Portman lauds $250M grant award for Brent Spence Corridor

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Jan. 4—Funding possible by his bipartisan infrastructure law

WASHINGTON, D.C.— U.S. Sen. Rob Portman, R-Ohio, applauded the announcement by the U.S. Department of Transportation that it awarded Ohio and Kentucky a $250 million grant through the National Infrastructure Project Assistance program (or Mega), which was created by Portman's bipartisan Infrastructure Investment and Jobs Act (IIJA).

Combined with the $1.385 billion grant through the Bridge Investment Program Portman announced earlier in the day, total funding for the Brent Spence Bridge project will be $1.635 billion.

Portman served as the lead Republican negotiator on IIJA, which was signed into law November 2021.

Portman was pleased to write a letter of support for the Brent Spence Corridor grant application.

The bipartisan infrastructure law includes more than $33 billion in competitive grant funding, including $12.5 billion from Portman's Bridge Investment Act, to help plan, replace, rehabilitate, protect, and preserve some of the nation's largest bridges — with nearly $2.4 billion available in Fiscal Year 2022. The bipartisan infrastructure law also includes $5 billion for the brand new National Infrastructure Project Assistance program (AKA Mega) and $7.5 billion from the RAISE grant program, and $8 billion from the INFRA grant program. Taken together, these programs have unlocked an unprecedented amount of opportunity for Ohio and Kentucky to receive federal assistance in making the Brent Spence Bridge Corridor project a reality.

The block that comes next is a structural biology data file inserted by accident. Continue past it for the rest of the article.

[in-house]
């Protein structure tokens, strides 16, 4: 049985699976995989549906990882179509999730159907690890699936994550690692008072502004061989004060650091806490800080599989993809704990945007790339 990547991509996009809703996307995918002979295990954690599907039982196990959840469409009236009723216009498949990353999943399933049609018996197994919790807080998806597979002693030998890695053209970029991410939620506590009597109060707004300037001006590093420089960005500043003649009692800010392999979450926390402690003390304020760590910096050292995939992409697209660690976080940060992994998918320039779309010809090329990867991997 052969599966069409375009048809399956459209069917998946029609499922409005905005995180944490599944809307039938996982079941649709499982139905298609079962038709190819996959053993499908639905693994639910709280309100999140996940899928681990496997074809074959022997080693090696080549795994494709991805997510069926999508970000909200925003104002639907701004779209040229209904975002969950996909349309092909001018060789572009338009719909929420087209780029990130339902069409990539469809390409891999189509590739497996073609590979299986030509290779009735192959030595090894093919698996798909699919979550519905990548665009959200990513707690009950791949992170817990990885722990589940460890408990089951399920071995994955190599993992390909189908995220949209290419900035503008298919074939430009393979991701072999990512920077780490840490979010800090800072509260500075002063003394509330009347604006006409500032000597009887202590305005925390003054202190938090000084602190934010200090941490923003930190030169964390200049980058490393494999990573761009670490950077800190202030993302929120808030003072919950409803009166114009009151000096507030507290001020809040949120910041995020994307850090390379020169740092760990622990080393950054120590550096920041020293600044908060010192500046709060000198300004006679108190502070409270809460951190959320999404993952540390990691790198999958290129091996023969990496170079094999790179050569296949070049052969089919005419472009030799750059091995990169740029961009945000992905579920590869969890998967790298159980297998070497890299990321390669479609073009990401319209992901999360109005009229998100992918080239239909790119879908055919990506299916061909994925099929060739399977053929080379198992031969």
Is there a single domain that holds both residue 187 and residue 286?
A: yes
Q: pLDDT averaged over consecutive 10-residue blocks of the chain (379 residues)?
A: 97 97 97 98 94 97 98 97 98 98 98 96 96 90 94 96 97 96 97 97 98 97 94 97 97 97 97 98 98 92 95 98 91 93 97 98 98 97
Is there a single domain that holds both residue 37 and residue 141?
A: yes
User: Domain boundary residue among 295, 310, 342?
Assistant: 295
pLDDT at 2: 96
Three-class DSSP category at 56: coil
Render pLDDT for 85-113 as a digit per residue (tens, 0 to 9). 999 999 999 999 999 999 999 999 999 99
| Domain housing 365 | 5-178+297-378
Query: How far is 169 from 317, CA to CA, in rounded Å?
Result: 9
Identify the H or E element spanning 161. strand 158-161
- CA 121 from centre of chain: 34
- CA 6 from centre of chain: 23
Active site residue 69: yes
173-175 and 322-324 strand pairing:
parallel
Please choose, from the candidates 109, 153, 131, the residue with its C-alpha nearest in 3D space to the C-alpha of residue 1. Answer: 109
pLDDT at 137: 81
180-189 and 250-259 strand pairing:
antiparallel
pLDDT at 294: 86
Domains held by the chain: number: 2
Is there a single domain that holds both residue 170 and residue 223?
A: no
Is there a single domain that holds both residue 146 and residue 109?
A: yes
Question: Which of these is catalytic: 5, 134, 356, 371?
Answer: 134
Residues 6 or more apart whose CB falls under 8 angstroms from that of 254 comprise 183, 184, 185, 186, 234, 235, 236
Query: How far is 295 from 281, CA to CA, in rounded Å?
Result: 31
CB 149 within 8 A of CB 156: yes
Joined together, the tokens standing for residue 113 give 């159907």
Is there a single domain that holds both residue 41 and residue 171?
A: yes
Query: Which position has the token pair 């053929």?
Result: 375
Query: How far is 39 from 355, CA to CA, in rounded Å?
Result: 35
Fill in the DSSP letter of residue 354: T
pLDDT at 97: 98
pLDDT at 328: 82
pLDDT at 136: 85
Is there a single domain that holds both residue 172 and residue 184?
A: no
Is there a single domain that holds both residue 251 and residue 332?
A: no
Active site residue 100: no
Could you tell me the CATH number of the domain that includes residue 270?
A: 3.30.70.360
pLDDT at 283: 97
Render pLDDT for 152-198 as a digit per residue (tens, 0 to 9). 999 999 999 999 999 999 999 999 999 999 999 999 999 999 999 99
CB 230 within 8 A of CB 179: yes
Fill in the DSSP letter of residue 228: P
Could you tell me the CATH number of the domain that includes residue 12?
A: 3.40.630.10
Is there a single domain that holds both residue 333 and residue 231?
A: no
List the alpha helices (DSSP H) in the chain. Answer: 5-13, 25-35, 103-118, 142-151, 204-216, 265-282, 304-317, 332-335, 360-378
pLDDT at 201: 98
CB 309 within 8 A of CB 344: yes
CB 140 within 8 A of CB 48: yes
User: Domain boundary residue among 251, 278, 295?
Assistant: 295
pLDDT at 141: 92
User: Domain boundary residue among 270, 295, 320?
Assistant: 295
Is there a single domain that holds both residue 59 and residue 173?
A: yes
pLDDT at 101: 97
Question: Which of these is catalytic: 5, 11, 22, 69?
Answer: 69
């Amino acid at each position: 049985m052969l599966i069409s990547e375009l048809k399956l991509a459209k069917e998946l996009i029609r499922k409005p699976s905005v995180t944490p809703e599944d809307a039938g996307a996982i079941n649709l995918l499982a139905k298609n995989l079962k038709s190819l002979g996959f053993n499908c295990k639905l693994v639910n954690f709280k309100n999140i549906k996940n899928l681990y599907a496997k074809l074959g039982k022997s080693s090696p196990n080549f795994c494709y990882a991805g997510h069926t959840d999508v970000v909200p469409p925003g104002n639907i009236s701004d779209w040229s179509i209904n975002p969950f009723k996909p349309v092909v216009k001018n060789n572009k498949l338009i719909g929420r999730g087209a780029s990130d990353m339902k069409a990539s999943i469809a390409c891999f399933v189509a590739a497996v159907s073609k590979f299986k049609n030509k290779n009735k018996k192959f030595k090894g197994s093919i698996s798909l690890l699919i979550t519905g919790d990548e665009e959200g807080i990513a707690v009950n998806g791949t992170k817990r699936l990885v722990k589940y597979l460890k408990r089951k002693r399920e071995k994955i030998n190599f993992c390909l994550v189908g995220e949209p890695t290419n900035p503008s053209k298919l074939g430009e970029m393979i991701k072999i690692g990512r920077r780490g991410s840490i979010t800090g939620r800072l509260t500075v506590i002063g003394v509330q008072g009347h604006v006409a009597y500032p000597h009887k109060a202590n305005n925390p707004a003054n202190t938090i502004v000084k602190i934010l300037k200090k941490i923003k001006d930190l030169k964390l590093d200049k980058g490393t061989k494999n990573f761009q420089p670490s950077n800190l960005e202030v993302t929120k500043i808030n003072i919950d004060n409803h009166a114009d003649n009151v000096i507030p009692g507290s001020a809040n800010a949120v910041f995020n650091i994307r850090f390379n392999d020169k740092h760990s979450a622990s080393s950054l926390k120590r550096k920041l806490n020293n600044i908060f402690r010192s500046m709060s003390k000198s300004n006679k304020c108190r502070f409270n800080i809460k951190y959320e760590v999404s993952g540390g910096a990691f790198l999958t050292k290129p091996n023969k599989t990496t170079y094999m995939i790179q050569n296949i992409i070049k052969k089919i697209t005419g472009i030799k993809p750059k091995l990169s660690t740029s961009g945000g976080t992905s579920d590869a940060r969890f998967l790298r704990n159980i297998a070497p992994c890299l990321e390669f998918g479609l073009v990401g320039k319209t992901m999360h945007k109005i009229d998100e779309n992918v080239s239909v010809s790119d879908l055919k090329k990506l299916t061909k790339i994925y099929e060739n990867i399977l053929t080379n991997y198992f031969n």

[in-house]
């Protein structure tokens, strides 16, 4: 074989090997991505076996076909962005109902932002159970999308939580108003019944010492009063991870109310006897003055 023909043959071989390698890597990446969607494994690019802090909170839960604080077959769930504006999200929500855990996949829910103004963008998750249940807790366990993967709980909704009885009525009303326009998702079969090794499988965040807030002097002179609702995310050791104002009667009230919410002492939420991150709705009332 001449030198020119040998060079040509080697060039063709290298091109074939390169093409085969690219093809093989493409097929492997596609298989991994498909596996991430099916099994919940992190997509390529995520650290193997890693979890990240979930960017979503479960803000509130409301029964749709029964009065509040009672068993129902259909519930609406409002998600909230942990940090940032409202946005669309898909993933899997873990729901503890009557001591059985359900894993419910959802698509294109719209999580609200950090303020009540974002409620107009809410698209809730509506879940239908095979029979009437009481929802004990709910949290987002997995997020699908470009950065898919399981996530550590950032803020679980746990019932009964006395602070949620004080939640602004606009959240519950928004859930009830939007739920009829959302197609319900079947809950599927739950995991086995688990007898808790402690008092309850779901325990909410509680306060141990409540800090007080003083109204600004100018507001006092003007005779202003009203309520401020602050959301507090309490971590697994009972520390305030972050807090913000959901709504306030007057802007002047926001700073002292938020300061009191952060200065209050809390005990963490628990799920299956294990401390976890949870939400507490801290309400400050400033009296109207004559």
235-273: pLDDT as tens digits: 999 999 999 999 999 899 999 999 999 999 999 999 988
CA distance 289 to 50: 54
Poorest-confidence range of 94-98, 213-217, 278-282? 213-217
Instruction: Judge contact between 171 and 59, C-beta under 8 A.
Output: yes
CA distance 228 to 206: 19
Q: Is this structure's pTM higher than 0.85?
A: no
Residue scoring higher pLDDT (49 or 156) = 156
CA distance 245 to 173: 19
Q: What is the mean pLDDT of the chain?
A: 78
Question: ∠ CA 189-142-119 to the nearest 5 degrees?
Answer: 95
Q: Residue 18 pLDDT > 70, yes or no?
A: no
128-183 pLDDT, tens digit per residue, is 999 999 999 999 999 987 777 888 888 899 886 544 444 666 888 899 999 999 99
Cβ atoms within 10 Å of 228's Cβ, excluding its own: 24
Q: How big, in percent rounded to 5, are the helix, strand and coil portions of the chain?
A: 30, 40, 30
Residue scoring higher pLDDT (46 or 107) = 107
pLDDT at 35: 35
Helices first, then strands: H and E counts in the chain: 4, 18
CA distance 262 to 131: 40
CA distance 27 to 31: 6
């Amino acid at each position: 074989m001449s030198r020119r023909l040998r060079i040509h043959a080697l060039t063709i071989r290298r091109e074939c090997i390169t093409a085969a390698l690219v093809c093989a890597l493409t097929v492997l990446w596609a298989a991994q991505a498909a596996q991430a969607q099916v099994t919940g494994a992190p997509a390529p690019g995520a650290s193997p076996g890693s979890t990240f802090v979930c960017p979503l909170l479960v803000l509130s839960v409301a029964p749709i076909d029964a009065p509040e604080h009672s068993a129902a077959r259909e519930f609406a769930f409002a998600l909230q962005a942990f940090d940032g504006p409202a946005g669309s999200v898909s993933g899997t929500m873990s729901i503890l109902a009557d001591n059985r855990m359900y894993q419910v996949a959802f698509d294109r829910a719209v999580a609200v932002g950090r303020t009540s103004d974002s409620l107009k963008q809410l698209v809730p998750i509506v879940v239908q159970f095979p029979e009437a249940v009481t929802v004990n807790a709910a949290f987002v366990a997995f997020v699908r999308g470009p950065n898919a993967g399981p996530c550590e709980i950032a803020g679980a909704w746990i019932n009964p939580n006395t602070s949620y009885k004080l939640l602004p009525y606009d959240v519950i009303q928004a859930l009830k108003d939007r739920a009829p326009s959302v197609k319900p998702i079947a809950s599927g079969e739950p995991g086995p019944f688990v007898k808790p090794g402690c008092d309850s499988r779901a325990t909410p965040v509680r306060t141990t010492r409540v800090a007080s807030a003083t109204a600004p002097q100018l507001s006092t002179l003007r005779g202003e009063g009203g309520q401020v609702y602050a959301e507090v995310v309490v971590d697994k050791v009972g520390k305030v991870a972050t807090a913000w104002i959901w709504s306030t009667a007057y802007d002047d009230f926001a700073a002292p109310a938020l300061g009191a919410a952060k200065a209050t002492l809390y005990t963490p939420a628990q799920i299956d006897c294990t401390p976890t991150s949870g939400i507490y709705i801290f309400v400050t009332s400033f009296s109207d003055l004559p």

"Today's award announcements are a tremendous achievement for the region. Because of this funding, Ohio and Kentucky can now move forward with the rehabilitation of the Brent Spence Bridge and construction of a new companion bridge, which will ease traffic along the entire I-71/I-75 corridor," Portman said. "This project will improve the lives of everyone in the region and I commend the state officials and federal partners on both sides of the river that have come together to make this day a reality. Finding a solution to the Brent Spence Corridor has been a top priority of mine throughout my time in Congress. I am proud that my bipartisan infrastructure law has paved the way for this milestone."

Portman retired after two terms as Ohio's junior senator. His last day in office was Monday. He will be succeeded by Republican J.D. Vance, who was elected in November 2022.